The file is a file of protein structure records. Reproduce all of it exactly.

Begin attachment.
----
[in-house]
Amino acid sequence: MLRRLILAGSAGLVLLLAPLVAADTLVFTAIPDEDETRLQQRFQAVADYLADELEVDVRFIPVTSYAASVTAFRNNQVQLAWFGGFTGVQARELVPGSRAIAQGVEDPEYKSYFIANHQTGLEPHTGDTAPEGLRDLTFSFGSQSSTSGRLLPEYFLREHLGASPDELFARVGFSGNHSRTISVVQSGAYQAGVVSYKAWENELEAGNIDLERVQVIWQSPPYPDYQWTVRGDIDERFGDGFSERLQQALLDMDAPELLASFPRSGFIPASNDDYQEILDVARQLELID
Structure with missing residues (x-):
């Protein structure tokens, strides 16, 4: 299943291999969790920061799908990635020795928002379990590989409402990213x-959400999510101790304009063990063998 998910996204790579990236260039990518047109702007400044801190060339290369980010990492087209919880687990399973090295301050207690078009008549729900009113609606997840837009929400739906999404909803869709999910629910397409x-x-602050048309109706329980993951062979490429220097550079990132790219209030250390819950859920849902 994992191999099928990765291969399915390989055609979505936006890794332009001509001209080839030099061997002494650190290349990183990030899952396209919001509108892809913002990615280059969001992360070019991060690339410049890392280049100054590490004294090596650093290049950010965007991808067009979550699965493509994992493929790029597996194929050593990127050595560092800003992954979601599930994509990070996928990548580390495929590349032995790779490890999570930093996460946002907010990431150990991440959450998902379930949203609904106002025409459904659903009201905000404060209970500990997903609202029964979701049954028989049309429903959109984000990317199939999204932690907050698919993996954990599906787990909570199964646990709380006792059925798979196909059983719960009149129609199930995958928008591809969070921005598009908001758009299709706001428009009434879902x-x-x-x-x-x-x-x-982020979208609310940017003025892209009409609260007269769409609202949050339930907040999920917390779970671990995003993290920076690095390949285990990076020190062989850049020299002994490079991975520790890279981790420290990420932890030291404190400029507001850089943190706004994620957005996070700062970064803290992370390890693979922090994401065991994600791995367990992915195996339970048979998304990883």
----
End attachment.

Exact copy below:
[in-house]
Amino acid sequence: MLRRLILAGSAGLVLLLAPLVAADTLVFTAIPDEDETRLQQRFQAVADYLADELEVDVRFIPVTSYAASVTAFRNNQVQLAWFGGFTGVQARELVPGSRAIAQGVEDPEYKSYFIANHQTGLEPHTGDTAPEGLRDLTFSFGSQSSTSGRLLPEYFLREHLGASPDELFARVGFSGNHSRTISVVQSGAYQAGVVSYKAWENELEAGNIDLERVQVIWQSPPYPDYQWTVRGDIDERFGDGFSERLQQALLDMDAPELLASFPRSGFIPASNDDYQEILDVARQLELID
Structure with missing residues (x-):
């Protein structure tokens, strides 16, 4: 299943291999969790920061799908990635020795928002379990590989409402990213x-959400999510101790304009063990063998 998910996204790579990236260039990518047109702007400044801190060339290369980010990492087209919880687990399973090295301050207690078009008549729900009113609606997840837009929400739906999404909803869709999910629910397409x-x-602050048309109706329980993951062979490429220097550079990132790219209030250390819950859920849902 994992191999099928990765291969399915390989055609979505936006890794332009001509001209080839030099061997002494650190290349990183990030899952396209919001509108892809913002990615280059969001992360070019991060690339410049890392280049100054590490004294090596650093290049950010965007991808067009979550699965493509994992493929790029597996194929050593990127050595560092800003992954979601599930994509990070996928990548580390495929590349032995790779490890999570930093996460946002907010990431150990991440959450998902379930949203609904106002025409459904659903009201905000404060209970500990997903609202029964979701049954028989049309429903959109984000990317199939999204932690907050698919993996954990599906787990909570199964646990709380006792059925798979196909059983719960009149129609199930995958928008591809969070921005598009908001758009299709706001428009009434879902x-x-x-x-x-x-x-x-982020979208609310940017003025892209009409609260007269769409609202949050339930907040999920917390779970671990995003993290920076690095390949285990990076020190062989850049020299002994490079991975520790890279981790420290990420932890030291404190400029507001850089943190706004994620957005996070700062970064803290992370390890693979922090994401065991994600791995367990992915195996339970048979998304990883």